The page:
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Is your dog as much of a water enthusiast as you are? There is no need to leave your pup behind when you embark on your next marine adventure. Stand-up paddle boarding (SUP) is quickly becoming a favorite pastime for the entire family, and this includes the family dog! You’ll never have to see those sad puppy dog eyes when you leave the house again!
Make Sure You Have the Right Stand Up Paddle Board
Before you add a canine passenger to your next SUP excursion, be prepared with the right board. Look for a wide-nosed board that measures ten or more feet in length, especially if your dog is a larger breed. Bigger boards can better distribute the added weight of an extra passenger. A soft-top board or a board with an extended deck pad will provide the traction your dog needs to keep a firm grip.
What about inflatable paddle boards? Sure, they are convenient and affordable, but are they stable enough to support you and your dog? While blow-ups were once thought to be flimsy, they have come a long way since their introduction into the SUP community. An inflatable board such as the Peak Expedition is wide and stable (10’6 x 35”), making it ideal for yoga, fishing, kids and fur babies. It can carry up to 450 pounds, which will provide plenty of support for you and your pooch.
You Want a Dog Life Jacket
Safety first! You may be tempted to skip this step, especially if you have a dog that jumps in the water any chance he gets. However, water and weather are unpredictable. Even the most water-savvy dog can have an accident. Fitting your dog with a life jacket will give you peace of mind as you set sail.
Aso, once your dog jumps or slips off the hand on the life jacket is the best and easiest way to lift them back on the board. This will be your favorite feature.
An effective canine flotation device fits snugly. Choose a brightly-colored jacket with a handle so you can easily spot your companion and haul her back onto the board.
Practice on Land First
Before you even bring the board into the equation, be sure your dog is trained to obey some basic commands: sit, stay, and recall. Your dog will be off her leash during most of this excursion, so spend some time on the foundations.
The next step is introducing the board. The board and the paddle are strange and unusual pieces of equipment to your four-legged friend. Start by letting him explore and sniff around. Then use treats to lure your dog onto the board. You want him to practice sitting and lying toward the front, without getting too close to the tip. Develop and practice your commands for hopping on and off the board. Make this an enjoyable experience with lots of treats and praise.
Bring Lots of Treats!
Your dog’s movement will impact your own balance on the board. Invest in your favorite treats (we love Zuke’s Natural Training Dog Treats) to train your dog in targeting to keep her position on the board. Targeting is teaching your pet to touch a part of her body, such as her nose, to your hand or an object. This technique is useful for keeping your dog in the proper position for optimal balance. Give your dog lots of encouragement (both verbal and edible) and keep it fun!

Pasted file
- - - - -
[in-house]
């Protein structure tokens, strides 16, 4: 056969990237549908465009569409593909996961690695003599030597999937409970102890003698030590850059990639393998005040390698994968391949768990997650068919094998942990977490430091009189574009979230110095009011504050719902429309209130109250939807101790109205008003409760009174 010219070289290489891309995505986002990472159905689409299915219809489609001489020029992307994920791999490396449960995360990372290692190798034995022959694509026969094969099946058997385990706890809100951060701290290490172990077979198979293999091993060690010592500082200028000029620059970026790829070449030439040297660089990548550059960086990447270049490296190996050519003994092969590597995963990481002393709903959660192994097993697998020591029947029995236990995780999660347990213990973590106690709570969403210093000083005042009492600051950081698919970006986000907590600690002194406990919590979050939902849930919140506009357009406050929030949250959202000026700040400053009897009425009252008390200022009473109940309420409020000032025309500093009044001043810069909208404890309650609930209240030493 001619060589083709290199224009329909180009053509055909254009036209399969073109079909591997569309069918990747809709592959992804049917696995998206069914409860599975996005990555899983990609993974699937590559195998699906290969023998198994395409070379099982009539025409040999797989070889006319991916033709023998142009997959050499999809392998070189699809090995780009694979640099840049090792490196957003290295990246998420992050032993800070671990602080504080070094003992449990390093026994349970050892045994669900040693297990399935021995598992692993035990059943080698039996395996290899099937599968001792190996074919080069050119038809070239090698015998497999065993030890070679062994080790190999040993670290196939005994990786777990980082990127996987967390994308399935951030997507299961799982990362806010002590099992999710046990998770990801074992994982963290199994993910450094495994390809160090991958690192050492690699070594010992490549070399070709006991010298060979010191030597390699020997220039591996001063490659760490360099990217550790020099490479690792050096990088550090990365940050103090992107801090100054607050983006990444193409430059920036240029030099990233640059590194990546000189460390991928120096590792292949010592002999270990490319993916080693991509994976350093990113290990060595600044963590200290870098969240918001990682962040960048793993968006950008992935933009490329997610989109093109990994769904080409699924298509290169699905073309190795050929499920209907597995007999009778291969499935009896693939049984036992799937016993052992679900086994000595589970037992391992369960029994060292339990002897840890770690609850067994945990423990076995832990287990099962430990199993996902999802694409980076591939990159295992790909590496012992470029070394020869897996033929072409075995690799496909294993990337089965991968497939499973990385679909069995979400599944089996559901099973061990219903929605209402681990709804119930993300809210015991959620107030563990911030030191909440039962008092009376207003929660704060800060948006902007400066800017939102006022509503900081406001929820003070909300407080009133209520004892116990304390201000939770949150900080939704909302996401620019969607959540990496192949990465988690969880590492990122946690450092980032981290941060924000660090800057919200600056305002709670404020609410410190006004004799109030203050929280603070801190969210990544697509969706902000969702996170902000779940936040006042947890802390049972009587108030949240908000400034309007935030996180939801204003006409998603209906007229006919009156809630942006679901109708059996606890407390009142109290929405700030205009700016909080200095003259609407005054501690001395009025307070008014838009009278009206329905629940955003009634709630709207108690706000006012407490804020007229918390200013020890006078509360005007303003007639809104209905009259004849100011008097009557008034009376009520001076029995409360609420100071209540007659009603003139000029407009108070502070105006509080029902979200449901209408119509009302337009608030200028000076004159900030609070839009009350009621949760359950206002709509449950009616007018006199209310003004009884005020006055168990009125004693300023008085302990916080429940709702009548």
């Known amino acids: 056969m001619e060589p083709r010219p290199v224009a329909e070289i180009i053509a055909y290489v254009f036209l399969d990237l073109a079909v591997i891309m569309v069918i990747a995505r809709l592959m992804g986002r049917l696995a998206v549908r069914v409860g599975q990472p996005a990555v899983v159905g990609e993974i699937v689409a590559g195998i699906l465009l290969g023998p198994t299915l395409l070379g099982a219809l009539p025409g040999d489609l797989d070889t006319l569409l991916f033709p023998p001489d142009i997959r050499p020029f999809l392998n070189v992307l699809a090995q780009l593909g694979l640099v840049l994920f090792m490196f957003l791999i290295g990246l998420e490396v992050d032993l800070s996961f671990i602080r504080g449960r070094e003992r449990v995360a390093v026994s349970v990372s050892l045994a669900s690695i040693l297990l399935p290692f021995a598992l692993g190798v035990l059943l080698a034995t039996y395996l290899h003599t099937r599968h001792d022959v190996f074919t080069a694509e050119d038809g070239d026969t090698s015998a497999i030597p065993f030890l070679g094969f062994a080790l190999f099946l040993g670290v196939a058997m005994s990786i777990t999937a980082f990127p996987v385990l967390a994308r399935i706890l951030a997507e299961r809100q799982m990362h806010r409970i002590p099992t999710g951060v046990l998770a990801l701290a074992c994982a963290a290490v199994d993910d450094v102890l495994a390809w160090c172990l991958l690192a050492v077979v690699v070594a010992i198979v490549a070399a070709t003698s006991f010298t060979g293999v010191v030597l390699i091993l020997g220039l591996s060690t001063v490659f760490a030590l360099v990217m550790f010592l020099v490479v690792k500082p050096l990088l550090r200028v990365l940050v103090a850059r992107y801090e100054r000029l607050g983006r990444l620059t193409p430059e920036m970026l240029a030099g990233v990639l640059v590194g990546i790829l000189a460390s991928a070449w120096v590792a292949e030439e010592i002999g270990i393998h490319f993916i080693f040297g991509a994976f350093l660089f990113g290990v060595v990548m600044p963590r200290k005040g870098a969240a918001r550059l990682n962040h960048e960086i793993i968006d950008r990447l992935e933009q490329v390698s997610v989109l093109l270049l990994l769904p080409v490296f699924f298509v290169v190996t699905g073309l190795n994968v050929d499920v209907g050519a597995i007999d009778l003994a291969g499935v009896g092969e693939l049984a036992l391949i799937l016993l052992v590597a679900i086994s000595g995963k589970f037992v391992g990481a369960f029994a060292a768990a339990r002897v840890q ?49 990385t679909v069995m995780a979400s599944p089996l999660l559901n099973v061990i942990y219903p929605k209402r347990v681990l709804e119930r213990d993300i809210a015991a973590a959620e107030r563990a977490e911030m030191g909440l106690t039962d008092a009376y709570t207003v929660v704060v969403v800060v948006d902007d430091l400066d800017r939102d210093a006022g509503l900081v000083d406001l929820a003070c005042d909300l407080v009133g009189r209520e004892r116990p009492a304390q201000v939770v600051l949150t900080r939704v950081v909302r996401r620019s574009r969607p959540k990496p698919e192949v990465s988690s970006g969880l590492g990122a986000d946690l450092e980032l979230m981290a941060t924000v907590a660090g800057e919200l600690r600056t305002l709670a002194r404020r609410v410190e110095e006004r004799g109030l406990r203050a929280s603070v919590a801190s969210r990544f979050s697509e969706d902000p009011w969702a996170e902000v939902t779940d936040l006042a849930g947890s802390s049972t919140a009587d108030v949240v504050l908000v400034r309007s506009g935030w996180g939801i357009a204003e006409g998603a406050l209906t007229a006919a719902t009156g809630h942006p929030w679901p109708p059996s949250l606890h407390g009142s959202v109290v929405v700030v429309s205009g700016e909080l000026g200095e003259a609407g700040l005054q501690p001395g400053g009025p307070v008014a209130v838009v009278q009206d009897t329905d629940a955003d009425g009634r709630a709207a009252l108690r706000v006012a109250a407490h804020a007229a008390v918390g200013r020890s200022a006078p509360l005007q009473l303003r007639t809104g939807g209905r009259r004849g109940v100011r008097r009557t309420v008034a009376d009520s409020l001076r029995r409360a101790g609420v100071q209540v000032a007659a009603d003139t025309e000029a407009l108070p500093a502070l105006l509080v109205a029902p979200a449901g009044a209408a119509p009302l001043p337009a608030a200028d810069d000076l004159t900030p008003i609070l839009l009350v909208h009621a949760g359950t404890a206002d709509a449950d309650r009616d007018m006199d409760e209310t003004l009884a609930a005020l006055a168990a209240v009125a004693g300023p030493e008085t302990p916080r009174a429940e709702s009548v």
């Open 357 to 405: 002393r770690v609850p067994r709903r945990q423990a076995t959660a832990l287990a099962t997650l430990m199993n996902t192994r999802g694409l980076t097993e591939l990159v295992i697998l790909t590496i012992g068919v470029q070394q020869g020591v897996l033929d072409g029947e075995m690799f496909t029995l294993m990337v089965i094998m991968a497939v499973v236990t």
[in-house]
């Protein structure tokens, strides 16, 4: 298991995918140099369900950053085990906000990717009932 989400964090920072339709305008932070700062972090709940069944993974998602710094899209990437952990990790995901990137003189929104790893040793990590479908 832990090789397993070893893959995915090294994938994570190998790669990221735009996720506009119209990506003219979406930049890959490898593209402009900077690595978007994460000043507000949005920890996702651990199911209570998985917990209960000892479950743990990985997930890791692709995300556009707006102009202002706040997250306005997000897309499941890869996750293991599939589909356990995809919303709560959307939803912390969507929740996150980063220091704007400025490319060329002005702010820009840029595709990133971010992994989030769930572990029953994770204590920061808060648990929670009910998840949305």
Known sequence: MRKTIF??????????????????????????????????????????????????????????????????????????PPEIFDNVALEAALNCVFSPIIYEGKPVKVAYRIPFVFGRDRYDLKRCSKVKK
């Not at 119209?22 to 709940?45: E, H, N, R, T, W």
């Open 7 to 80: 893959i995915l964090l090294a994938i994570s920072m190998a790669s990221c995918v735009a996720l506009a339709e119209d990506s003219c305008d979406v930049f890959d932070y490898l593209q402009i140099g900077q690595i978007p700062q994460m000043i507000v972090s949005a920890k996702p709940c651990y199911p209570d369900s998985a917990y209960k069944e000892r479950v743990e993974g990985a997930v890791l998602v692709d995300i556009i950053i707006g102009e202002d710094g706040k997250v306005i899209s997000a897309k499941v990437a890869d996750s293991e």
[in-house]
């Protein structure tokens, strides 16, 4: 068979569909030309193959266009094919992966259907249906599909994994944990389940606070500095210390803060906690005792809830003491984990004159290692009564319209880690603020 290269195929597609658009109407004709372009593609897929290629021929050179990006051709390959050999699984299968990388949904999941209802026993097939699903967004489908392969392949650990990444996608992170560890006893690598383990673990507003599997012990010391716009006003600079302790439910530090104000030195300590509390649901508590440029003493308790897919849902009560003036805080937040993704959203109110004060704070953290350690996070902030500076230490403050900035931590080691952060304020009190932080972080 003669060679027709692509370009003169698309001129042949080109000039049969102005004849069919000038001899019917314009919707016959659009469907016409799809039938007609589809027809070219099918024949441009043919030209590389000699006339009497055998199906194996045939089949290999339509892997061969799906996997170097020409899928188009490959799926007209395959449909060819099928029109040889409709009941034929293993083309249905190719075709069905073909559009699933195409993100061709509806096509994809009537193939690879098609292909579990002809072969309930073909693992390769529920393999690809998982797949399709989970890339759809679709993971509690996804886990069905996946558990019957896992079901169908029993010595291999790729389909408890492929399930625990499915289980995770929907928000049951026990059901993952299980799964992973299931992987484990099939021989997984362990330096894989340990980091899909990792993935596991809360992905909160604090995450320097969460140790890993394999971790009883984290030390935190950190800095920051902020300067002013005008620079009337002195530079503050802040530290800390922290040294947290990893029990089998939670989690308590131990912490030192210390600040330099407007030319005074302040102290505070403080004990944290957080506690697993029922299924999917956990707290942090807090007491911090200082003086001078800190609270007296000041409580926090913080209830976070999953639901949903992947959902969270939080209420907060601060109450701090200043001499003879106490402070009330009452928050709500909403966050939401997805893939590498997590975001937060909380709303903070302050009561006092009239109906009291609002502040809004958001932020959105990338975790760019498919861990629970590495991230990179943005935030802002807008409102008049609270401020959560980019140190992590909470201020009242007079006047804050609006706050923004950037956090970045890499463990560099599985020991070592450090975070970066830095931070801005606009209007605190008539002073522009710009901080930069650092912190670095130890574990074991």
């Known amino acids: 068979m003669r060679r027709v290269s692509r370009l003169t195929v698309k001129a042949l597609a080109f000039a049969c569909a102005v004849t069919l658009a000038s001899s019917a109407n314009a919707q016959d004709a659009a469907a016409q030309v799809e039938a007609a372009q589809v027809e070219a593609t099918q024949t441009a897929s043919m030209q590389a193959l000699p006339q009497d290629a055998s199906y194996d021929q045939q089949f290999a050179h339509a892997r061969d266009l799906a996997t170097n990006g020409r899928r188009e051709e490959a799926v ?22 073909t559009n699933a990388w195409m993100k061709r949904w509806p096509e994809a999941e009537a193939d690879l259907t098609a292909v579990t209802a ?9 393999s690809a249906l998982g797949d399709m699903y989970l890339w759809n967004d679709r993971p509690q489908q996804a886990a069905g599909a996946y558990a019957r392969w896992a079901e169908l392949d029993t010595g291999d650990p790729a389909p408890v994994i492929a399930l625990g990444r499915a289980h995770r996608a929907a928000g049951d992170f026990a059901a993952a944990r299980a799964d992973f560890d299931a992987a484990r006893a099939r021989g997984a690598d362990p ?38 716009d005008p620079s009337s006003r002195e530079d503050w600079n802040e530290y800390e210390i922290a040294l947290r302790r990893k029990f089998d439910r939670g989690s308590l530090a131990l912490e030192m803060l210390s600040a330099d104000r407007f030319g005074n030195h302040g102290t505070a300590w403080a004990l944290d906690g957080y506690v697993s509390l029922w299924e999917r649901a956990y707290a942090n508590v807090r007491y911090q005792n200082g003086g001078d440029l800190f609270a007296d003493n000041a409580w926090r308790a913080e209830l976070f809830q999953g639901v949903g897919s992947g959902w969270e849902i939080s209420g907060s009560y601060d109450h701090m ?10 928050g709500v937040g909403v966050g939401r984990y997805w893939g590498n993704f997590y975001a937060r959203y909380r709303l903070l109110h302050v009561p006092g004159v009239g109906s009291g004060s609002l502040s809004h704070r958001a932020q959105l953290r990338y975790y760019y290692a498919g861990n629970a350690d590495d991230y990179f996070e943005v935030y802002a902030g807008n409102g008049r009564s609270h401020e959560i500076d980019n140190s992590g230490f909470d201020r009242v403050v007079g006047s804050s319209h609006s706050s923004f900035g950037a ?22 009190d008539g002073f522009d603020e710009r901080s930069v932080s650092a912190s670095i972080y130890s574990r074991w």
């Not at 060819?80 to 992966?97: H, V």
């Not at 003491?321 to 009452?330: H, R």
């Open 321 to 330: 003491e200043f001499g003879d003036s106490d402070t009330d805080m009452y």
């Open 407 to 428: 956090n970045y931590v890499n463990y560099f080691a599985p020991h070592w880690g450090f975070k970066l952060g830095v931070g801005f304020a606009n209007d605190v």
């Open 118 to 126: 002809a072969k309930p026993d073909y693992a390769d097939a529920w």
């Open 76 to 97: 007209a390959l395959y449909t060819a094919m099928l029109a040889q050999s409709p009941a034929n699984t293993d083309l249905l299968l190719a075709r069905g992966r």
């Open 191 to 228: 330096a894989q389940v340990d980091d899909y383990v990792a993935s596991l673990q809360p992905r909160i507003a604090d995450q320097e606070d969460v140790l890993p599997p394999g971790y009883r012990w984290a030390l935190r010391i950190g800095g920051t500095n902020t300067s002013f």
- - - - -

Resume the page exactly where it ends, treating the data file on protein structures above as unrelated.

Trim their Nails To Protect the Board
Give your dog every advantage to feel secure and comfortable on the board. Trimming your dog’s nails will keep him from slipping while also protecting your board from scratches. The easiest dog fingernail clippers are the Boshel Nail Clippers with over 5,000 reviews on amazon.
Practice Close to Shore for the First Time
Don’t stray too far out to sea in the beginning. Even with perfect practice on land, you can’t predict how your dog will react when you are out on open water.
Choose a warm, sunny day on calm waters for your first excursion. Begin with the board partially in the water, and initiate the command for your pooch to hop on. Once you are on the water, practice turns, and maybe even a couple of fake falls. That way, neither you nor your dog will panic if it happens unexpectedly. Keep those treats handy for continuous praise and rewards all throughout your first journey.
Do not despair if your dog moves around or jumps off the first few times. This is a new experience, so there will be a learning curve. Be patient, practice the commands, and reward positive behavior.
Don’t Be Gone Long and Take Breaks
Keep your SUP trips short and sweet in the beginning. You want this to be an enjoyable, low-stress situation for your pup, and dogs can get anxious when they are in one place for too long. Plan ahead for water, food, and potty breaks. Depending on the weather, you may even need sunscreen for your light-colored or thin-skinned dog.
Take a Dry Bag to Keep Your Valuables with You and Safe
You and your dog can weather splashes and spills while paddleboarding, but your valuables may not! Invest in a high-quality dry bag to protect your keys, phone, snacks, towel, and clothes while you are out on the water. You can store it on the front of the board in the bungy. You can even use the tethered bag to help position your dog on the board. Let’s be honest, with a dog on board the chances of you or someone else falling in the water unexpectedly go way up.
Paddleboarding is a great way to bond with the furriest member of your family. Remember to plan ahead, take it slow, and make this an enjoyable experience for you and your dog. Before you know it, your dog will be just as eager to hit the open waters as you are!
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